All barristers in England and Wales are represented by the General Council of the Bar (Bar Council), of which I have been a member for over 4 years. Barristers under 7 years’ Call (i.e. who have been barristers for less than 7 years – roughly equivalent to years in practice) are represented by the Young Barristers’ Committee (YBC), of which I was Chairman during 2012.
The YBC has 30 members from all areas of practice and from all parts of England and Wales, led by a Chairman and Vice-Chairman. It has a paid Secretary who is employed by the Bar Council. There has been a YBC for nearly 60 years and its role is to represent and promote the interests of young barristers (i.e. barristers under 7 years’ Call). This means arguing in favour of young barristers at meetings of the Bar Council, as well as representing the position of the Young Bar on professional, political and other issues to members of the judiciary and the Government. For instance, during my year as Chairman, I had regular meetings with senior judges, as well as the Attorney-General and the Solicitor-General, both of whom are Government ministers.
Amongst the YBC’s wide range of activities, we organise an annual conference in October and we publish an annual magazine. Last year’s conference focussed on advocacy and included specialist workshops to help develop the advocacy skills of young barristers in particular courtroom situations (e.g. vulnerable witnesses, cross-examining experts and so on). The keynote speech was given by one of the greatest living English advocates, Sir Sydney Kentridge QC, KCMG, who is still in practice at the age of 90 and who was part of Nelson Mandela’s defence team in South Africa in the 1960s.
Last year’s magazine included a range of articles written by members of the committee, judges, lawyers and others, about the work of the YBC and some of the topical issues affecting young barristers (e.g. how to improve advocacy in the county court). In addition, there were two major interviews: one with Lord Judge who is the Lord Chief Justice (England’s most senior judge); the other with Ken Clarke QC MP who, until September 2012, was the Lord Chancellor and Secretary of State for Justice (i.e. the Government minister in charge of the justice system).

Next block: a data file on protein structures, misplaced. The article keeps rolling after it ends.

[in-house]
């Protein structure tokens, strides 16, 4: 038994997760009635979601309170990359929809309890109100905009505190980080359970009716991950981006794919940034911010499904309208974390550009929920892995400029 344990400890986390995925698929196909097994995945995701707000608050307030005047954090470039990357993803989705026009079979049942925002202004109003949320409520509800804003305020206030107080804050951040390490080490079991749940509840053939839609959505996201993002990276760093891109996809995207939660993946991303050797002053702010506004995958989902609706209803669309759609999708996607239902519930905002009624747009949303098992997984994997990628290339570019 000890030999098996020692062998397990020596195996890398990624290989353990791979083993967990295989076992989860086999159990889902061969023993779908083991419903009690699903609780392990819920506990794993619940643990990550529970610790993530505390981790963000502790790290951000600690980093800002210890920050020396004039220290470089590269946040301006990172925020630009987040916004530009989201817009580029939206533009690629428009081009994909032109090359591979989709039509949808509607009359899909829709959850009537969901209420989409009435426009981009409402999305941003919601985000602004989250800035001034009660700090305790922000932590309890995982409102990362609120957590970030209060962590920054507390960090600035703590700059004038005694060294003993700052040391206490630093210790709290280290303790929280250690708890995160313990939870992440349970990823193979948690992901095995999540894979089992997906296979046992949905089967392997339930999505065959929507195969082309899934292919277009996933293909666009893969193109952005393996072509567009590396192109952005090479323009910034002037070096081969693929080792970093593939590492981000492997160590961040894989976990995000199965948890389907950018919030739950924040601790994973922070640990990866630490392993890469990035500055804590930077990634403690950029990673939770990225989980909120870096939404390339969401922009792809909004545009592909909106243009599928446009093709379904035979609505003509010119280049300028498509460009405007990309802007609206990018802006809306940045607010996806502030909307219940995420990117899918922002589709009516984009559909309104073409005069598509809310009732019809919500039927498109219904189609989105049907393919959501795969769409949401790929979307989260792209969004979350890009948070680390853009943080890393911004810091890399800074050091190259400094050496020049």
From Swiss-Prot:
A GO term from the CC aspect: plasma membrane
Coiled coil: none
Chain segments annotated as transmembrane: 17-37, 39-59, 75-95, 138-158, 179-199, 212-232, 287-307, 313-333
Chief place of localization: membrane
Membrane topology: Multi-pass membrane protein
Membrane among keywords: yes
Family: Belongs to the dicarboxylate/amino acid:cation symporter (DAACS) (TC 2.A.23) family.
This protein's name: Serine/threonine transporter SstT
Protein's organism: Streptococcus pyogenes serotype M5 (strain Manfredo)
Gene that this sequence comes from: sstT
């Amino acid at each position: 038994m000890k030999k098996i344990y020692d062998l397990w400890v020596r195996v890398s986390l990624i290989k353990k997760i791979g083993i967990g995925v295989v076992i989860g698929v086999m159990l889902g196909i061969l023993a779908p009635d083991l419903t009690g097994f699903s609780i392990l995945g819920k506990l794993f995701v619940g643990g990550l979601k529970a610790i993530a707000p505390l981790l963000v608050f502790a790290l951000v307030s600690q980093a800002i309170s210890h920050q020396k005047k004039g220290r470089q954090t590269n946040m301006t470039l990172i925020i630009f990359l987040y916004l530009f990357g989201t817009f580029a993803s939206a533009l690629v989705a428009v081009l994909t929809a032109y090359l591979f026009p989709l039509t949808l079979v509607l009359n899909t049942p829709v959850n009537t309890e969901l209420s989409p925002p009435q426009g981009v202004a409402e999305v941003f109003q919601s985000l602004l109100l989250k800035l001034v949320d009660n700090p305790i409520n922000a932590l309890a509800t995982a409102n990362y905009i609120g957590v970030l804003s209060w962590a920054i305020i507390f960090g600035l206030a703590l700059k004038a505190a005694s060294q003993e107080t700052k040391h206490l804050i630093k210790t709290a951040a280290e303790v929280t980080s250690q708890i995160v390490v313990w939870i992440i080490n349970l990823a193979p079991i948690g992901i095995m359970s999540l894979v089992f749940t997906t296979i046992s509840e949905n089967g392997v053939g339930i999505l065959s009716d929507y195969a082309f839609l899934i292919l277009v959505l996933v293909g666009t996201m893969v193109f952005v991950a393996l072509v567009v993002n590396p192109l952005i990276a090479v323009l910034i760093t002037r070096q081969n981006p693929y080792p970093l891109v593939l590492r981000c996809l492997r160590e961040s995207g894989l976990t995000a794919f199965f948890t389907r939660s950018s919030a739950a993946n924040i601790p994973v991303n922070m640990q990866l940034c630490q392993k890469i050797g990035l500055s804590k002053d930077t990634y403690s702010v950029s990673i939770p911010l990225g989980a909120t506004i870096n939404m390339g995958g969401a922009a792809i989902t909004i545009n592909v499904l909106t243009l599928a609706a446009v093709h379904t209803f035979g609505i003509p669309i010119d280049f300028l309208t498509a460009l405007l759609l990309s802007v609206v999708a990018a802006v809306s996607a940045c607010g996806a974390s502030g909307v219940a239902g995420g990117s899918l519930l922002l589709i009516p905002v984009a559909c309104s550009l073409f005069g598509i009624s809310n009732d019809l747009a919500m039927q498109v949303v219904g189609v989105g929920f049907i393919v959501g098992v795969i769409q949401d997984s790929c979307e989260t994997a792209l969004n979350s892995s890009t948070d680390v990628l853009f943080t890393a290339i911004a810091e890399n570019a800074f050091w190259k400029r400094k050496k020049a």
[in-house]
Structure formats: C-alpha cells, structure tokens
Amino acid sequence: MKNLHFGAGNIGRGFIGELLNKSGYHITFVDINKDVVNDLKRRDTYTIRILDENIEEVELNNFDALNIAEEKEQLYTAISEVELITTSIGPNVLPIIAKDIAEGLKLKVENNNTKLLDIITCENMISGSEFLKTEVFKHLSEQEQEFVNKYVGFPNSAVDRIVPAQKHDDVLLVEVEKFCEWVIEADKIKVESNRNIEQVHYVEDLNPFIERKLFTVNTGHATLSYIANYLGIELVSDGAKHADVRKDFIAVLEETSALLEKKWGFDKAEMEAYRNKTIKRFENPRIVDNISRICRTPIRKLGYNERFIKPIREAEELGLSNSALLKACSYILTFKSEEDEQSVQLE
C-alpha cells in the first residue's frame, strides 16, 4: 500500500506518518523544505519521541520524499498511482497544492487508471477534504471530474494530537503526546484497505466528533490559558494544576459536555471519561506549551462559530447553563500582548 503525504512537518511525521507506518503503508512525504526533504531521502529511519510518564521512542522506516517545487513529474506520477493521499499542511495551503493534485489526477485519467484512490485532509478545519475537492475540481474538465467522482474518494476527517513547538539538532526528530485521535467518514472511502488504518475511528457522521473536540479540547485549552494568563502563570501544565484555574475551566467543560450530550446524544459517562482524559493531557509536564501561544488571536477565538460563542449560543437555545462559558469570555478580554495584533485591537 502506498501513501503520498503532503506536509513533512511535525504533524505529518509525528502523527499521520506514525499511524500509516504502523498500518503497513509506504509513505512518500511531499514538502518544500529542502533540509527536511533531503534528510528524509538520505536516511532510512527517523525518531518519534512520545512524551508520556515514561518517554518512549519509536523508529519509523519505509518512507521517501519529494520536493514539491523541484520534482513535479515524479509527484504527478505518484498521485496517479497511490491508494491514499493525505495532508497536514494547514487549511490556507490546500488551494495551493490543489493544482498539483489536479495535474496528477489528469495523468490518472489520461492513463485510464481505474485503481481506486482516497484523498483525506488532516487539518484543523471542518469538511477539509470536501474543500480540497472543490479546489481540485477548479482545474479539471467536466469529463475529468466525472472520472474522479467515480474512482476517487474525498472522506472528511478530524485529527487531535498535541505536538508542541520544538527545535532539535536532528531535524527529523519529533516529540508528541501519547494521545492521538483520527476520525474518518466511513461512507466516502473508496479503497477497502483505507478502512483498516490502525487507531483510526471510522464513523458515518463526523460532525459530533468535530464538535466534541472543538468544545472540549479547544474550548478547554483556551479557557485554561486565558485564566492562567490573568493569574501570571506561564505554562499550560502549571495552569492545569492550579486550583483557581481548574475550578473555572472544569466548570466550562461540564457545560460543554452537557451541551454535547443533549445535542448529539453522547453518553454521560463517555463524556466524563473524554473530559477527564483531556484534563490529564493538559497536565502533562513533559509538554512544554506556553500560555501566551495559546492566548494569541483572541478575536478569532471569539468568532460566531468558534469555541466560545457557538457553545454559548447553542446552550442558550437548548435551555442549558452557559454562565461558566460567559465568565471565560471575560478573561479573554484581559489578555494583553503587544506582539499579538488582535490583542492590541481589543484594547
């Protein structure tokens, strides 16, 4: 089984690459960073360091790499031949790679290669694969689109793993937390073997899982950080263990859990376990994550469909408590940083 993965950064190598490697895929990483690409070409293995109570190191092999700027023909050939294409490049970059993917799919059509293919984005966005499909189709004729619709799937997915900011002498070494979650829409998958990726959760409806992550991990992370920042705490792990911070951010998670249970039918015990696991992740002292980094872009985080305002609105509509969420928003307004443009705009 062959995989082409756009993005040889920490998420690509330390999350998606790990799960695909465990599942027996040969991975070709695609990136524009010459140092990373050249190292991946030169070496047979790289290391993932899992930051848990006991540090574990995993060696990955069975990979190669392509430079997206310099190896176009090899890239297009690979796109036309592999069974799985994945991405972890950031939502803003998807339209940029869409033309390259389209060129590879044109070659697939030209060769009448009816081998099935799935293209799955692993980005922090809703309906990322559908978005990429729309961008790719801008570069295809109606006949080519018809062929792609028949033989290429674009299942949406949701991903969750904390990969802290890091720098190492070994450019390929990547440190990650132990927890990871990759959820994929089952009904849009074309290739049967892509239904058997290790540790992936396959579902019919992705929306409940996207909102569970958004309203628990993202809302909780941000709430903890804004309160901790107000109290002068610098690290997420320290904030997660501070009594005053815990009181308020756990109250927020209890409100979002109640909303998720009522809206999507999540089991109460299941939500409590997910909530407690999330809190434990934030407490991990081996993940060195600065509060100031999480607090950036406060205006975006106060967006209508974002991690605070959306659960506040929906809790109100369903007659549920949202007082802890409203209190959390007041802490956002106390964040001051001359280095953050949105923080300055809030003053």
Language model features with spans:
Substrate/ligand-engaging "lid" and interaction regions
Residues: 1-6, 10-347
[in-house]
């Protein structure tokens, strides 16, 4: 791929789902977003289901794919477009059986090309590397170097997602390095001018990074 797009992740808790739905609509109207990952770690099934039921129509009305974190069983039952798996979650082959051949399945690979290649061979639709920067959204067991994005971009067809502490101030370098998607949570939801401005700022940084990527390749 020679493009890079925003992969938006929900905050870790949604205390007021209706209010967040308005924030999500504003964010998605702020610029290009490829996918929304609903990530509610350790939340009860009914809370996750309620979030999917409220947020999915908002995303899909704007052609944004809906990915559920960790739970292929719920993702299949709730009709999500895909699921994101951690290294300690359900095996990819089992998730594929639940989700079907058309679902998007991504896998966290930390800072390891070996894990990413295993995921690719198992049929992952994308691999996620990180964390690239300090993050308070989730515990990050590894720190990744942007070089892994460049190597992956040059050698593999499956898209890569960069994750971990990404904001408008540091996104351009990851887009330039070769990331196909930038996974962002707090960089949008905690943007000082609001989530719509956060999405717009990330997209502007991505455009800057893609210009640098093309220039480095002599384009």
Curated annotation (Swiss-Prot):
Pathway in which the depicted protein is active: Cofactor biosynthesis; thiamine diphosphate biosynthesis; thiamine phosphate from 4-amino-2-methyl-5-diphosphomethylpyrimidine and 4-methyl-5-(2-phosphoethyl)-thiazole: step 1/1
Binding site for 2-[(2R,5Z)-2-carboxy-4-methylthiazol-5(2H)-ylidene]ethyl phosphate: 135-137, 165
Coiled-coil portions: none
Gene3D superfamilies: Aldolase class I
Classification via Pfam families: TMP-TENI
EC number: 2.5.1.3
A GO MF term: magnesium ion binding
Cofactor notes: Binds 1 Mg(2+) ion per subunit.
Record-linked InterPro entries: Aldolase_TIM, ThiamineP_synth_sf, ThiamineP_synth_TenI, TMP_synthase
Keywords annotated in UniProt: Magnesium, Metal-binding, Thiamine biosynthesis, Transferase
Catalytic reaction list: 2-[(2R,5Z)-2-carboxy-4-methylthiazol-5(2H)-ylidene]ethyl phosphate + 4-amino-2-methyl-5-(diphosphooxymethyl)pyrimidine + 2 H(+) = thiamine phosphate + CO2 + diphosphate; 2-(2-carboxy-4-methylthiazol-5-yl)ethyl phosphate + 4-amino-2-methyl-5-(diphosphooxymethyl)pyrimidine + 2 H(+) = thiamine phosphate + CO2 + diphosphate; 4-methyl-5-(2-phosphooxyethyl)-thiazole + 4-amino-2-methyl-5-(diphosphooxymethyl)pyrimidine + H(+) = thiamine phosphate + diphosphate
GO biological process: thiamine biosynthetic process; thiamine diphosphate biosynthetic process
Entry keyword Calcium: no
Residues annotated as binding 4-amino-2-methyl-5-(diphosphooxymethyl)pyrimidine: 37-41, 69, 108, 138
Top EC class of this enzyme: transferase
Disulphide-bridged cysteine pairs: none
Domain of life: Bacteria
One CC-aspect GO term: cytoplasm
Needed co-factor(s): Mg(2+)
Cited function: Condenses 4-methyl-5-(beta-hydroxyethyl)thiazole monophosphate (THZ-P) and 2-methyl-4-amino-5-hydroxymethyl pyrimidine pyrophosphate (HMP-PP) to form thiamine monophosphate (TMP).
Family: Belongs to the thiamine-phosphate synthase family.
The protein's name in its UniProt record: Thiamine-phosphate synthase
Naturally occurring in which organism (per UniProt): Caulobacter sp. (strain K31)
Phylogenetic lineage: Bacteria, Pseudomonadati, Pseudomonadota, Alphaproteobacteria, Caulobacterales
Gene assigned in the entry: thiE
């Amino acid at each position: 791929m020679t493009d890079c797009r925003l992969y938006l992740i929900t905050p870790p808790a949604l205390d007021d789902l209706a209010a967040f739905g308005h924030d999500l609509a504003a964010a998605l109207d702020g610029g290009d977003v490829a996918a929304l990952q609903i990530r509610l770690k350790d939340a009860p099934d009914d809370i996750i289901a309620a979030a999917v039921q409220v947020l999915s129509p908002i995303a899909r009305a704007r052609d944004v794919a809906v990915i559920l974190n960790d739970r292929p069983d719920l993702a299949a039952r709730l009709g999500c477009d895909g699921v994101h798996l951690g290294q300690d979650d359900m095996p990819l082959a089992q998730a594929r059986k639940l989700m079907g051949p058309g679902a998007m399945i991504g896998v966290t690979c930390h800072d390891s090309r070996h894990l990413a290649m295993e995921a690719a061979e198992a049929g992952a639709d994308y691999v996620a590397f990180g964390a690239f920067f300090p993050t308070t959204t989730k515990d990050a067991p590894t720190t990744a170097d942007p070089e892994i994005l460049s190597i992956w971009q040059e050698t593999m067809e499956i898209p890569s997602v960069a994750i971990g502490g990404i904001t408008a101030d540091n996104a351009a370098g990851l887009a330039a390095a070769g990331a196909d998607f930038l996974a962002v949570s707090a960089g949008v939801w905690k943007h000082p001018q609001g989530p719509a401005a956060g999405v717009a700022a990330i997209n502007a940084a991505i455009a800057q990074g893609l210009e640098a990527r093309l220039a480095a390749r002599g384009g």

The YBC is represented at many events internationally and it was a great pleasure for me to attend the Opening of the Legal Year in Paris, Brussels, Geneva, Montreal and – of course – Luxembourg. We also regularly attend international legal conferences (such as the International Bar Association conference, the Commonwealth Lawyers Conference and the American Bar Association conferences) and we organise our own international conference for young lawyers from overseas in London at the end of September. Known as International Weekend, this is a joint collaboration between the YBC, the Young Lawyers’ Division of the Law Society (i.e. the young solicitors) and the European Young Bar Association (of which I am the Vice-President for 2012-13). Bertrand Christmann and Tania Hoffmann were among the Luxembourgers who attended International Weekend in 2012: I hope many more of you will be able to attend this year in September.
Being Chairman of the YBC was hard work but a great experience. I continue to be interested in the work of the YBC and I am confident that my successor, Hannah Kinch, and her Vice-Chairman, Max Hardy, will have every success in continuing the YBC’s important and valuable contributions.
David Nicholls is a practising barrister in chambers at 11 Stone Buildings, Lincoln’s Inn, London (www.11sb.com). He is the Chairman of the Young Barristers’ Committee of the Bar Council for England and Wales for 2012. He is also the Vice-President of the European Young Bar Association, 2012-2013.